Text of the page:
It's still totally cool to bring in an inspirational picture you've found and have us work together on creating a special, original, piece just for you! In fact we encourage bringing in reference photos and pictures as it’s a way for the artist to visualise your ideas and get a multidimensional understanding of your design.
Here at Shop 9 & 3/4 we specialise in pop culture designs but these aren’t the only tattoos we’re willing to do. We may be a little more selective on the types of work we take on, however there’s absolutely no harm in sending us through a message about your idea :)
2. Style- how you want the tattoo to look.
Nowadays there's such a variety of styles ranging from the
hyper-realistic photo representation to the simplicity and minimalism of geometric illustrations. Usually the best way to convey this to us is through a reference of a tattoo/piece of art which matches the style you are after. We’ll cover more on style in our next entry.
3. Placement - Where on the body you want the design to go.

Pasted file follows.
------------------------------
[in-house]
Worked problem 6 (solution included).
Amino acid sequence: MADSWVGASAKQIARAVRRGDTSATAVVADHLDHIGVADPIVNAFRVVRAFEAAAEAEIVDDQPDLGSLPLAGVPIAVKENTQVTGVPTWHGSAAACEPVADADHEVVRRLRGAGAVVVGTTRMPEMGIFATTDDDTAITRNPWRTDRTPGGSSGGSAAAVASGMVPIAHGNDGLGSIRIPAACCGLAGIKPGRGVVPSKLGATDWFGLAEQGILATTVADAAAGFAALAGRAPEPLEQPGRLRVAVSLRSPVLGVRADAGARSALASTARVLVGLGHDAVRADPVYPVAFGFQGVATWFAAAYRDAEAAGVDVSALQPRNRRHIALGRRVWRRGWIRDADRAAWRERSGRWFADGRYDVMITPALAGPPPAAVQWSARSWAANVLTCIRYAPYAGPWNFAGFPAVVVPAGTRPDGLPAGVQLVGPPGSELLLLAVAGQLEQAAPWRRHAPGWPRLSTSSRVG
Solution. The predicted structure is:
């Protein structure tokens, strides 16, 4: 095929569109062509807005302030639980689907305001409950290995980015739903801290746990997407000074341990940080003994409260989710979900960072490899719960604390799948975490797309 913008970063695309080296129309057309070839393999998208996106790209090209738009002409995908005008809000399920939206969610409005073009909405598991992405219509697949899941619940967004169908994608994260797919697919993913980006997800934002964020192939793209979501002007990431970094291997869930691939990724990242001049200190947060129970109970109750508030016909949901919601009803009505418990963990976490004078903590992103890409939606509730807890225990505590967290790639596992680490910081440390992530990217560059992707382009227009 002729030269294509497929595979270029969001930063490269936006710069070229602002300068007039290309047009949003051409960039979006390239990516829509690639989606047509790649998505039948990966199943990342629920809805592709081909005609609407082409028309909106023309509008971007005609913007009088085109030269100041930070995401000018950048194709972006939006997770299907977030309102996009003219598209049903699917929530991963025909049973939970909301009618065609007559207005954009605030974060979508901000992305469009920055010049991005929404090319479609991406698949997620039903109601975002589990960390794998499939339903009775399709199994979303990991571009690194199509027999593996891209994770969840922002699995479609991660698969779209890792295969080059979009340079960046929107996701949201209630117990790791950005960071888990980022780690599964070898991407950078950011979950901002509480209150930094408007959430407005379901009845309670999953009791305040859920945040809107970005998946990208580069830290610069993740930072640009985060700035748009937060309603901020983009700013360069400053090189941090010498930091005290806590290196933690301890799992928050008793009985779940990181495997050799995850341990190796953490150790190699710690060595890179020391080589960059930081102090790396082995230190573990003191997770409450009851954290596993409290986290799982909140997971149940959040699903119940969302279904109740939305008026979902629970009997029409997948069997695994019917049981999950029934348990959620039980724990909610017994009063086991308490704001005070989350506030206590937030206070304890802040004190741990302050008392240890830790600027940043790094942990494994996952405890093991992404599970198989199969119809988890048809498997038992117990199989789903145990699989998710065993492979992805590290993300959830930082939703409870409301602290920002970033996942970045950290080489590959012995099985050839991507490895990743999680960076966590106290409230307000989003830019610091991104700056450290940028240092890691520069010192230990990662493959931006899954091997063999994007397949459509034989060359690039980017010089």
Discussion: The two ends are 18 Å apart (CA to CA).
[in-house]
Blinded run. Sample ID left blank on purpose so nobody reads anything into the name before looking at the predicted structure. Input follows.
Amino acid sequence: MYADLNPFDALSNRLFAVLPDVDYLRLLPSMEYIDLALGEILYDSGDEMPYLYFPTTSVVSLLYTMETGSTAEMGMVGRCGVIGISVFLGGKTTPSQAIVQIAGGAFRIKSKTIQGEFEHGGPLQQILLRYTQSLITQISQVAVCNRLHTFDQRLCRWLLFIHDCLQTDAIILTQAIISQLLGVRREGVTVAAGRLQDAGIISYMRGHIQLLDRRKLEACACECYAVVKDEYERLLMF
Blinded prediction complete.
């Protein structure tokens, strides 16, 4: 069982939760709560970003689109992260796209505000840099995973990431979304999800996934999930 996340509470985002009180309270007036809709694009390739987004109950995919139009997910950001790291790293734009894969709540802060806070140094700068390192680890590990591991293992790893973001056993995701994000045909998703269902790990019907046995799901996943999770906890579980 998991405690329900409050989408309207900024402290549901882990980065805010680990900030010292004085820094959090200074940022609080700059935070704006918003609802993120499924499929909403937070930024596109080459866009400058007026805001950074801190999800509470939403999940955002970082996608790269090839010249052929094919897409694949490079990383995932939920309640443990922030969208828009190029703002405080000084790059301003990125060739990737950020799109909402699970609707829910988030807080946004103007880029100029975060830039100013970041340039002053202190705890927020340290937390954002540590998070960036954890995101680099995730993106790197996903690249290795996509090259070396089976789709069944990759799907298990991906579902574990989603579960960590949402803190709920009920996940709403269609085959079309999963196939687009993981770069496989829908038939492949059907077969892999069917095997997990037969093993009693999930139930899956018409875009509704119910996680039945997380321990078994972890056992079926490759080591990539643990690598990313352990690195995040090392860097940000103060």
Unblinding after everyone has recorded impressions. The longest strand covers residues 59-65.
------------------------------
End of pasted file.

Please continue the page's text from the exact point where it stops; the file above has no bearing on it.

This can be a tricky one for both a first tattoo and a seasoned tattoo veteran. Although it is the artist's responsibility to best fit each design to the specific placement of the client it is important to consider that there are some places better suited for particular pieces due to the shapes/forms in the design and matching these to the contours of the body.
Some general points about specific placements:
forearms- this area is what we generally refer to as our ‘prime real-estate’ which basically means this is the part of the body everyone will see, all the time and is generally best suited for larger pieces or as part of half full sleeve. A lot of the time we find stand alone smaller design on forearms can tend to look a little lost in the surrounding skin.
ribs/stomach- while pain should not be a major consideration in getting a tattoo (if you want it enough you can do it!) these are regarded by a lot of people and artists as the most painful areas. If you do decide to get a tattoo in one of these areas make sure to have a decent meal before you come (sugar also helps), focus on your breathing (yes we have had people who forget to breathe!), get yourself into a positive mindset, and try your best to keep still. We have a big TV in the tattoo room to help distract you, and feel free to bring in your own music. (image to the right has these spots shown)